Volvo using blockchain in mission for conflict-free cobalt
Swedish automaker Volvo are using blockchain to help establish “full transparency and traceability” in their cobalt supply. After a long history of child exploitation and conflict mining history of the rare metal, this is a step in the right direction for EV automakers and future tech. But is it enough?
Volvo are embracing all kinds of tech in 2019, and not all of it is on wheels. They’ve successfully used blockchain to track recycled cobalt across China, with plans to expand the project to more of their cobalt supply and EV battery production across their range.
The news was revealed to Reuters in emails last week, where Volvo confirmed successful tracking of cobalt “from a Chinese recycling plant to Volvo Cars Zhejiang over a two-month period to June 27”. Volvo have not confirmed that they will extend the blockchain program beyond recycling.
Cobalt has long been the most problematic ingredient in EV batteries with ties to child labour and conflict funding in the Democratic Republic of Congo, where two thirds of the world’s cobalt is mined.
And Volvo will need all the cobalt they can get. The company that gave us the XC90 plug-in hybrid is gearing up to sell 1 million electrified cars by 2025, and the rare metal is an essential part of modern battery production.
Cobalt’s necessity has made it a valuable commodity for EV automakers and blockchain technology provides much-needed accountability for the industry going forward. Volvo isn’t even the first to try it, with Ford trialling the technology earlier this year.
But, alas, it’s Volvo that has the attention this time. They’ve partnered with UK-based Circulor to develop the blockchain tech used in the program, trialling it in the factory of their Chinese parent company Geely.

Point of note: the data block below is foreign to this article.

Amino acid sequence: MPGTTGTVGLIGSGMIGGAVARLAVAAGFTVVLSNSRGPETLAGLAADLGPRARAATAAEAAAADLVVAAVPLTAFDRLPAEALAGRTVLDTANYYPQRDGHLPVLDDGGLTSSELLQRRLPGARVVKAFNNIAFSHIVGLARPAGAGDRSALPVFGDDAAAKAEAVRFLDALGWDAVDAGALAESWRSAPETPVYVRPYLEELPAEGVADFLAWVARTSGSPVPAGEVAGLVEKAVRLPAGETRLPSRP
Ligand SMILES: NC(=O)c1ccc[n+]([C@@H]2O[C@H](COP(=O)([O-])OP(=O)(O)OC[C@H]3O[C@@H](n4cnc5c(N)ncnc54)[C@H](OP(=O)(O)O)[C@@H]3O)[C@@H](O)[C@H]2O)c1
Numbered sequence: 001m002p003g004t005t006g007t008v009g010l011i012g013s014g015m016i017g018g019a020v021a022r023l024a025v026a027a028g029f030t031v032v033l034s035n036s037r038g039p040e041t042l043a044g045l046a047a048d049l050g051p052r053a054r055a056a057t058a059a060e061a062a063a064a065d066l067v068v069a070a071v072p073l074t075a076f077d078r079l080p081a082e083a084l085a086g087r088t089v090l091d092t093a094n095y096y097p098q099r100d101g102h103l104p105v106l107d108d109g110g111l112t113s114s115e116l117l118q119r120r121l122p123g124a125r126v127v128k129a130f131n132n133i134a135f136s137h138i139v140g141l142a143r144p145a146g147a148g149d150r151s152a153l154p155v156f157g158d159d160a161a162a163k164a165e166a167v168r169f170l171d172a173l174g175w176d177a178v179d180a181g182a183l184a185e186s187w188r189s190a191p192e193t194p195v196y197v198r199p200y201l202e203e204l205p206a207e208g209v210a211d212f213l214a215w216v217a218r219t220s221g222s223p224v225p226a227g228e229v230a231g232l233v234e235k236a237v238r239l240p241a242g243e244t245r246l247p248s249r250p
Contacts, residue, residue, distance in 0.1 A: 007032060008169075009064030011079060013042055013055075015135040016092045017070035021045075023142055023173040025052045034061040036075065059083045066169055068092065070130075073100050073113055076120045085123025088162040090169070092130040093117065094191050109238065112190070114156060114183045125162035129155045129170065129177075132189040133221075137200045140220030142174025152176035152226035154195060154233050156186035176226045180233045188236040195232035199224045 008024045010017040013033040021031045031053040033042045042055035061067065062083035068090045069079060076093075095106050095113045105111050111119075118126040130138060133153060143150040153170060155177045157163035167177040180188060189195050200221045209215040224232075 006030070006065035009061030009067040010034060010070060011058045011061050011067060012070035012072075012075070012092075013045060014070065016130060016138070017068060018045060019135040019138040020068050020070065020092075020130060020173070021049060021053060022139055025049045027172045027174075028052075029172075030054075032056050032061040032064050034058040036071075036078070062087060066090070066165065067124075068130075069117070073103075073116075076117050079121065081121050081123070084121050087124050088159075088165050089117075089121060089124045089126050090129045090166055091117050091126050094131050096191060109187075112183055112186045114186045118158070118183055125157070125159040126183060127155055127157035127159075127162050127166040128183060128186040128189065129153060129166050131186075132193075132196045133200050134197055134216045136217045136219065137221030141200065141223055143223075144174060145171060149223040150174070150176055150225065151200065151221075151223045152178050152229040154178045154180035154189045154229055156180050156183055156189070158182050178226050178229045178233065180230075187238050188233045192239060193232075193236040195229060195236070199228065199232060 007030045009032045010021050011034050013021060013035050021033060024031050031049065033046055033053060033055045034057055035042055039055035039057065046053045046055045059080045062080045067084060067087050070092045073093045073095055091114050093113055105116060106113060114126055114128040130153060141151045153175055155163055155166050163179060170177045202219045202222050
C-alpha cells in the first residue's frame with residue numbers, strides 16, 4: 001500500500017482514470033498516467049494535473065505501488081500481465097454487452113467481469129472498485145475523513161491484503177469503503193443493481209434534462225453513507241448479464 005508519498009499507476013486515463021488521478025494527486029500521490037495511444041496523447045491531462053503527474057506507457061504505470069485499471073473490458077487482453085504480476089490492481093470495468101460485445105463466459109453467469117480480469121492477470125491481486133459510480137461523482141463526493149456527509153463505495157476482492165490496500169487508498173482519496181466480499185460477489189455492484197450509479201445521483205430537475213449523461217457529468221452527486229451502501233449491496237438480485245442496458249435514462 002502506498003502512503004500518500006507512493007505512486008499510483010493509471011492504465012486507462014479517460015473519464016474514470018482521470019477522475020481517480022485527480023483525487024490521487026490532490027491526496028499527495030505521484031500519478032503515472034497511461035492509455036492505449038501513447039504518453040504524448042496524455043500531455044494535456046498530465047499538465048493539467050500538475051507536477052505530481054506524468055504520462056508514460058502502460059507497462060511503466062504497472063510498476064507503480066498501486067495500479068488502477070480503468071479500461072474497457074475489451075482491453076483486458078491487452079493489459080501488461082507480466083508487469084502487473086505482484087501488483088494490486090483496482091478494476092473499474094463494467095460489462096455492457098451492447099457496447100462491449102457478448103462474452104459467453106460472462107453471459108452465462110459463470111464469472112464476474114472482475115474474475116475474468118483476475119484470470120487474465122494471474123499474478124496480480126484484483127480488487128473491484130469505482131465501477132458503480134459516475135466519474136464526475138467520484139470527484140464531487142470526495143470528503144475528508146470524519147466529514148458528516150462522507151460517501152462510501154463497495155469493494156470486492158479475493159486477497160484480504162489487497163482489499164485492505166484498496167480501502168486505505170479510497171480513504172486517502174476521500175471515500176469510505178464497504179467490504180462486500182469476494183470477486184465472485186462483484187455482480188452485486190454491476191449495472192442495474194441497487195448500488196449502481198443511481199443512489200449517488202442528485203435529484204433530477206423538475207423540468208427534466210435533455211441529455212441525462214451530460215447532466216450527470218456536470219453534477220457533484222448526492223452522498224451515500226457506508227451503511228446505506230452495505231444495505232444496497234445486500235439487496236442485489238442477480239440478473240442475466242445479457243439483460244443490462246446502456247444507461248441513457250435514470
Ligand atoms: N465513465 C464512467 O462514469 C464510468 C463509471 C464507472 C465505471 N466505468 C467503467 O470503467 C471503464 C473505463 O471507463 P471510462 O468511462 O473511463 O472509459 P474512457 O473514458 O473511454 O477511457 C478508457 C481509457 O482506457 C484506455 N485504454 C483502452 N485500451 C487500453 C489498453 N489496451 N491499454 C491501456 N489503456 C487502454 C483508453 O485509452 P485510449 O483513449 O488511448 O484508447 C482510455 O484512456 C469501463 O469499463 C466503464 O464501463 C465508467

Most people know blockchain as the technology behind cryptocurrencies. Blockchains are essentially online ledgers, keeping permanent records to account for the underlying commodity. This is useful for currencies because it prevents double spending, but the same principle can be applied to any product with the right system behind it.
With an extension of the program, cobalt could be tracked from the Congolese mine to the Chinese factory, potentially halting the corruption and exploitation clouding this crucial resource.
Into the future
If this program proves successful it will be an enormous stride for EV manufacturing. Any steps toward ending child labour are an unquestionably good thing, and legitimising Congolese mining would benefit everyone involved. Not to mention it would shut up the combustion propagandists who are constantly trying to poke holes in EV tech.
Volvo’s project has enormous potential for the future of technology. Blockchain and EVs are two of the most revolutionary technologies sweeping the world today, and their integration will give automakers valuable lessons for their use in the next decade. Safe to say tech nerds worldwide are salivating.